WALTHAM — The Celtics are not shy about campaigning for their own to win honors and awards. Last season they vouched for Isaiah Thomas’s Sixth Man of the Year candidacy, and this winter there was a groundswell of support for Thomas to make the All-Star team and for Kelly Olynyk to be selected for the 3-point contest.
On Wednesday night, after guard Evan Turner tallied 16 points, 8 assists and 4 rebounds in Boston’s 116-96 win over the Grizzlies, forward Jared Sullinger started a new initiative by posting on Twitter that Turner should be named the league’s Sixth Man of the Year.
For those who have not followed the Celtics closely this season, that might seem like a far-fetched suggestion. But Turner has been the heartbeat of the Celtics’ thriving second unit. He is averaging 10.1 points, 4.8 rebounds and 4.4 assists per game, helping the Celtics surge into third place in the Eastern Conference.
On Thursday, as Turner sat in a folding chair and scanned the practice court in front of him, he shook his head when he thought about being considered for the Sixth Man honor.
“I try my best to be efficient and play the right way,” he said. “Do as coach asks and just play hard. I think the sixth man award is for high-scoring guys off the bench. The league is filled with scorers, guys who can do one trick. To a certain extent, people really don’t comprehend what assists, rebounds mean over a period of time or anything like that.”
Turner referenced last year’s winner, his close friend Lou Williams, who averaged 15.5 points, 2.1 assists and 1.9 rebounds per game. The scoring was what set him apart, because scoring is what people notice.
“I don’t think people really comprehend what all the all-around stuff really means,” Turner said. “They just take it with a grain of salt. So, I mean, I’m more worried about the unit and the team.”
So if Turner does not win the award, who will? Well, the field is deep but not especially inspiring.
Clippers guard Jamal Crawford, a two-time winner, fits in the Lou Williams mold, averaging 13.9 points, 2.1 assists and 1.8 rebounds. Pelicans guard Jrue Holiday (16.1 points, 6 assists, 2.9 rebounds) and Nuggets forward Will Barton (15 points, 6.1 rebounds and 2.4 assists) have strong résumés. But both play for losing teams, and this award generally does not go to players on losing teams.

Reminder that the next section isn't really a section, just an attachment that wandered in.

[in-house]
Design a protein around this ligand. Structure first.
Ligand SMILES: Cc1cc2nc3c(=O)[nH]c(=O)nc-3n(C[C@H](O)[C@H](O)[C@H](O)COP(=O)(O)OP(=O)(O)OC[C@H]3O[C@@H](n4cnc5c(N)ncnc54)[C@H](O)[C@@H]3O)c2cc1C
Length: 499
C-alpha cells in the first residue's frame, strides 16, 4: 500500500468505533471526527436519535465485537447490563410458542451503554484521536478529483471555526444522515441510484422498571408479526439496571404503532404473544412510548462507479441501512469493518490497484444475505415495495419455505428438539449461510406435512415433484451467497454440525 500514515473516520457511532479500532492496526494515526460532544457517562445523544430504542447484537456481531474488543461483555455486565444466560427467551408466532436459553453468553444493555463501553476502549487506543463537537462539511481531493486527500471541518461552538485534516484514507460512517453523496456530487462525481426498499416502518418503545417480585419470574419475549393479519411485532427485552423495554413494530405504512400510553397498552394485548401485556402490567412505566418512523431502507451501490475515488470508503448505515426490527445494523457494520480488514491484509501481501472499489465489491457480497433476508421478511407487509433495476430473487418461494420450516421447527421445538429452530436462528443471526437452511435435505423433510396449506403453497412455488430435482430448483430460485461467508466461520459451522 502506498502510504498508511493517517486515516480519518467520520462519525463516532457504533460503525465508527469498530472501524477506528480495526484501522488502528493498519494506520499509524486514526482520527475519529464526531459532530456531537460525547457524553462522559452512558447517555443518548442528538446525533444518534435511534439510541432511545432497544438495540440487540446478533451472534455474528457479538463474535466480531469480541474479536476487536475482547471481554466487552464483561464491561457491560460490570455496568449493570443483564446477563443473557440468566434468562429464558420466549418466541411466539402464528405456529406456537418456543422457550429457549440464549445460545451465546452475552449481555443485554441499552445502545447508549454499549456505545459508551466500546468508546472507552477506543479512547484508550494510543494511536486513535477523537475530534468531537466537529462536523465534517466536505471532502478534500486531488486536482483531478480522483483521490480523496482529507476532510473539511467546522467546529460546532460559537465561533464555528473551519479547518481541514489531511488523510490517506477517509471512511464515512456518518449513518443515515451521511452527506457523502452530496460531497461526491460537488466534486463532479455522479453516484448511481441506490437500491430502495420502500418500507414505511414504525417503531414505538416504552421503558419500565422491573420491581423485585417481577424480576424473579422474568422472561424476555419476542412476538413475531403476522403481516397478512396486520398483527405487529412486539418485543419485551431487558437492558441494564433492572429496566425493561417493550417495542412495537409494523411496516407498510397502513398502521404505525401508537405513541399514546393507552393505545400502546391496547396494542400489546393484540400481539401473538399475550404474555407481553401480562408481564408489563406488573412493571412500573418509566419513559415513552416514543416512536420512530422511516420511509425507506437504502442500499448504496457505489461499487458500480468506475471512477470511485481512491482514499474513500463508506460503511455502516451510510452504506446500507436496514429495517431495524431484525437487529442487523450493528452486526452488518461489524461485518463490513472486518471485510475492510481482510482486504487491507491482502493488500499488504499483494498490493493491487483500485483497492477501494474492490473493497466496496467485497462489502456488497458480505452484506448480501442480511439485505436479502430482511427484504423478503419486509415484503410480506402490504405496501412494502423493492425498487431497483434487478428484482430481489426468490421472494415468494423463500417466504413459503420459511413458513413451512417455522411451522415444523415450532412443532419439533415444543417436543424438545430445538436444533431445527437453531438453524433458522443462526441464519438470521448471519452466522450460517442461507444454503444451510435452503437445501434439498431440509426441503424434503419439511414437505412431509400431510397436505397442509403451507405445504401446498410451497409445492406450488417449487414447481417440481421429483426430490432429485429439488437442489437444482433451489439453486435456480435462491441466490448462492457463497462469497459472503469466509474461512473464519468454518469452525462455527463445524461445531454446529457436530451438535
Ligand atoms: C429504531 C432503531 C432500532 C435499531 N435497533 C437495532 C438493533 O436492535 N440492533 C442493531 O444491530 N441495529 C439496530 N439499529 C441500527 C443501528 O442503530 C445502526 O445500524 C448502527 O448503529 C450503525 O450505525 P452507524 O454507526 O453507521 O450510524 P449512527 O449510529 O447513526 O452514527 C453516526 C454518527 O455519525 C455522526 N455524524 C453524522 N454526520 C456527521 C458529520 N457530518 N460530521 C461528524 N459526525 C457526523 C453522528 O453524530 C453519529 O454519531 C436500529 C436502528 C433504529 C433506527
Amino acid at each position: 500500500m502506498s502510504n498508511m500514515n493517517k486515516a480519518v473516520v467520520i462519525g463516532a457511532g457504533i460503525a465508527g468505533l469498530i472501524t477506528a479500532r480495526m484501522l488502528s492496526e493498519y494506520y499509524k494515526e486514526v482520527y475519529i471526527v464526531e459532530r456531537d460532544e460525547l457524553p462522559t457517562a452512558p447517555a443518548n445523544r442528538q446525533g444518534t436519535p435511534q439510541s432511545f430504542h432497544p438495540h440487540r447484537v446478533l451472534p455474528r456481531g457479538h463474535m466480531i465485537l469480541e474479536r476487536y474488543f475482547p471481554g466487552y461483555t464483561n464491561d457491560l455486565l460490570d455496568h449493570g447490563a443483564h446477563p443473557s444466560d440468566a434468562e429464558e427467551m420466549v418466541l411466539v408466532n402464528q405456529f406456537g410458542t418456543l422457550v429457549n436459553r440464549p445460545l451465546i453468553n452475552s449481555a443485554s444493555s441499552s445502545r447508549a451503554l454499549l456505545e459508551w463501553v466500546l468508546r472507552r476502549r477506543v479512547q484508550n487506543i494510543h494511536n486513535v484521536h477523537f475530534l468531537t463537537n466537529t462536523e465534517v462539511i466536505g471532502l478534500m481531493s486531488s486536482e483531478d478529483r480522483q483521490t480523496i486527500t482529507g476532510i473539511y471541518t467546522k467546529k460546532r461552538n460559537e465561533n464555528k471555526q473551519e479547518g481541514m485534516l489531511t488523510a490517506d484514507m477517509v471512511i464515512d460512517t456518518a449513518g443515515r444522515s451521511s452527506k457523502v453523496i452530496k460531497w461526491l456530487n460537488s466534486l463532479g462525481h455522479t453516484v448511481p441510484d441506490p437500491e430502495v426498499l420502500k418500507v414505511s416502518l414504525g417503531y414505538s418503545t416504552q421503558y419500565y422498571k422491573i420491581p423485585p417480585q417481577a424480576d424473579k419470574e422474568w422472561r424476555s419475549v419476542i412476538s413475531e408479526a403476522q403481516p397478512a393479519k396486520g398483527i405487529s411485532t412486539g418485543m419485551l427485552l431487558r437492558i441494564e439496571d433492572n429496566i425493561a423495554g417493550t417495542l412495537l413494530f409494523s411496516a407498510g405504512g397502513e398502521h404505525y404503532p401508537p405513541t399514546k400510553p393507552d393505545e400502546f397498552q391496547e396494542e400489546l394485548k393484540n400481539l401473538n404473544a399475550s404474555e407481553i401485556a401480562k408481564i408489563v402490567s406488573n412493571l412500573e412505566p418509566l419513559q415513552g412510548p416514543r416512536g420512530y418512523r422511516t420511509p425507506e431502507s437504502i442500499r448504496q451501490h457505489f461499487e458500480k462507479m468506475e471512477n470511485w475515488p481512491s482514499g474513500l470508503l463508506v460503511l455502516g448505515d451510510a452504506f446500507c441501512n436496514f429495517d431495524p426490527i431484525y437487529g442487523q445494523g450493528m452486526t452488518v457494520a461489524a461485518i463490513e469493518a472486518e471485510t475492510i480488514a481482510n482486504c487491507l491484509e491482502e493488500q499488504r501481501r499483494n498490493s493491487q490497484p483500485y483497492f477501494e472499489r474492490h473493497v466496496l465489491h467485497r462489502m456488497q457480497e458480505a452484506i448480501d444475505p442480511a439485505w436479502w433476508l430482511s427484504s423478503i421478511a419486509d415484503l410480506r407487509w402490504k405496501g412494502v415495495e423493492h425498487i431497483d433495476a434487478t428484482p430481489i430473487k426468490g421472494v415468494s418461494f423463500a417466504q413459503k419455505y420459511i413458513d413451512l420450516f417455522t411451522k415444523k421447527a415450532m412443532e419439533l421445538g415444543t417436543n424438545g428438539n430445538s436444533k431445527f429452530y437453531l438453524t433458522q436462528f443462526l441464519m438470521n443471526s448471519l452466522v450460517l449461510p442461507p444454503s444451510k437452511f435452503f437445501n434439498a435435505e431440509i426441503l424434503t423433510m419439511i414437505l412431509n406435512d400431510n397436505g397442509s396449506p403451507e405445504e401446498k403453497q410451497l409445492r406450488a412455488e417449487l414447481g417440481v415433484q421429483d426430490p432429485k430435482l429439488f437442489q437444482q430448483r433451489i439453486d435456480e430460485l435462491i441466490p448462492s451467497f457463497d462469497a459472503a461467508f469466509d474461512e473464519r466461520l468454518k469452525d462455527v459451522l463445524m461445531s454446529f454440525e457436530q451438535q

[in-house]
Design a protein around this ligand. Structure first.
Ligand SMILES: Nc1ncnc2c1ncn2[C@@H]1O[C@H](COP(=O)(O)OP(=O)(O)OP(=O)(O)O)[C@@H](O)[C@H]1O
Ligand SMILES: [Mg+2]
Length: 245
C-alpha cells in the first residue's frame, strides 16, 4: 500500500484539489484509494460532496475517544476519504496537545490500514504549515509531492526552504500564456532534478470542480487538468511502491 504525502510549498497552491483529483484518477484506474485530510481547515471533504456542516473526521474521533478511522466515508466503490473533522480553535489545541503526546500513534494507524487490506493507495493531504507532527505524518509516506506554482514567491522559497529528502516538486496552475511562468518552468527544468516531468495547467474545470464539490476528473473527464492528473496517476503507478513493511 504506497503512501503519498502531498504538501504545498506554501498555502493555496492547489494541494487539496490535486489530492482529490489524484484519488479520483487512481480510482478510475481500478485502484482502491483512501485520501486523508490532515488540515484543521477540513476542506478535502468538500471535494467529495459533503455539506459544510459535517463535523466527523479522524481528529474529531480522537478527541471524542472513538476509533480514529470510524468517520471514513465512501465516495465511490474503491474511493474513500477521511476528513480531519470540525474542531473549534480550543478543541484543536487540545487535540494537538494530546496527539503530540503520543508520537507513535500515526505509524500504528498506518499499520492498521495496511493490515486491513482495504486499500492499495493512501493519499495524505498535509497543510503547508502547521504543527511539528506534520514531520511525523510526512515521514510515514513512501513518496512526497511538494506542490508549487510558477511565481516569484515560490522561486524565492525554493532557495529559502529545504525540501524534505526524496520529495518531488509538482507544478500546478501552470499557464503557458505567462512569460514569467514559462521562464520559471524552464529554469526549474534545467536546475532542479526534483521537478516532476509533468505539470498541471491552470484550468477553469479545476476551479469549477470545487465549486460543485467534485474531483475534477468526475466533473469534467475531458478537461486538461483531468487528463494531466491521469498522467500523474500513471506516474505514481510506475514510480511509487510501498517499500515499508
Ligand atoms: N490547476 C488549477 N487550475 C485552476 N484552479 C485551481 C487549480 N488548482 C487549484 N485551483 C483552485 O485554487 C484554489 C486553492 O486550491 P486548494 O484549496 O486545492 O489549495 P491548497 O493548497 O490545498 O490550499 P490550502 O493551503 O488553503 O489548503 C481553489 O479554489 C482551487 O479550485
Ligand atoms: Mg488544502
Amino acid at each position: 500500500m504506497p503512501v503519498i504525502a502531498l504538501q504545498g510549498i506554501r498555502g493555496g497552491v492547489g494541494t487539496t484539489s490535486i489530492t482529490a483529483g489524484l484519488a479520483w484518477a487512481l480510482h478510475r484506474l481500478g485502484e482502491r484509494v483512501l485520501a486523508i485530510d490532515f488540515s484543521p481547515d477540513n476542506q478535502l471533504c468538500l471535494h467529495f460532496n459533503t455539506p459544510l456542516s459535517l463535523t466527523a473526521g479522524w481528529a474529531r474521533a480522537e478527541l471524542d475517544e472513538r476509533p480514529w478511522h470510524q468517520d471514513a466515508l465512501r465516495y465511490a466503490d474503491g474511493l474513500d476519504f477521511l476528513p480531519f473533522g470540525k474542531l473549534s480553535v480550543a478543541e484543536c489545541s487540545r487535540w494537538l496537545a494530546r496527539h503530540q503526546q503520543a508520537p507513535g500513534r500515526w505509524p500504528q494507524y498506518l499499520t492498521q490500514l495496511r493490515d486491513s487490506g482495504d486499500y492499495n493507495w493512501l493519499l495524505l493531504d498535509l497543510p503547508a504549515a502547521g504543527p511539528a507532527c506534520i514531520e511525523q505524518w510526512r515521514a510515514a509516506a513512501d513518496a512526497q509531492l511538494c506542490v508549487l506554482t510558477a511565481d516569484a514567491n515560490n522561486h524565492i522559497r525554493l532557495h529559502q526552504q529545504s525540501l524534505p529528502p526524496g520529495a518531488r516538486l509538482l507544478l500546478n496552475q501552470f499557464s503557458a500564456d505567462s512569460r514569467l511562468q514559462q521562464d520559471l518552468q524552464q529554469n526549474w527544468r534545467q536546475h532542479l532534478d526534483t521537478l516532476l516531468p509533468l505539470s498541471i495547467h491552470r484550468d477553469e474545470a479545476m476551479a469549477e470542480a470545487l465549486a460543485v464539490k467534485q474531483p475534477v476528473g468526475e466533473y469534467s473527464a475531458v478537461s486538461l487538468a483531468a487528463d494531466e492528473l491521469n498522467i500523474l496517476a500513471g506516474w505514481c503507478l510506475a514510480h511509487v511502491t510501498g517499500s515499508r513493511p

And then there is Andre Iguodala, who averages 7.3 points, 4.1 rebounds and 3.5 assists — numbers inferior to Turner’s — but he plays on a team that might end this season with the best record ever, the Golden State Warriors.
There are obviously several roadblocks in Turner’s way, and he thinks perception might be the biggest one of all.
“Some people might say, ‘Hey, he struggles with this.’ I’m like, ‘I’m close to a triple-double every night,’ ” Turner said. “At the end of the day you can’t argue with people that don’t know. The fact that it’s March and we’re talking about sixth man, I’m probably two months too late. So in general it really doesn’t mean much to me, because I’m going to try to play the right way.”
There is no doubting Turner’s value to the Celtics. Of the team’s five-man lineups that have played at least 20 minutes together this season, nine have net ratings above 15, and Turner is a part of six of them.
Since last season he has raised his field goal percentage from 42.9 to a career-best 45.2, and increased his free throw percentage from 75.2 to 81.7. Turner said he lost some weight since last season, allowing him to be a more agile defender and to play with better pace. He is pleased with his play this year, but he is mostly happy that it has coincided with the Celtics’ success.
“If it happens and I win the award, I’d definitely be honored,” Turner said. “But even to be in the conversation is cool, because things could have been way worse.”
. . .
Former Bulls coach Tom Thibodeau, who was a Celtics assistant from 2007-10, attended the Celtics’ practice on Thursday. He is in town for the MIT Sloan Sports Analytics Conference.
“Certainly Tom brings a great deal of expertise and knowledge and things we can ask him in those two days watching our team,” Celtics coach Brad Stevens said. “So it’s really good to have him around.”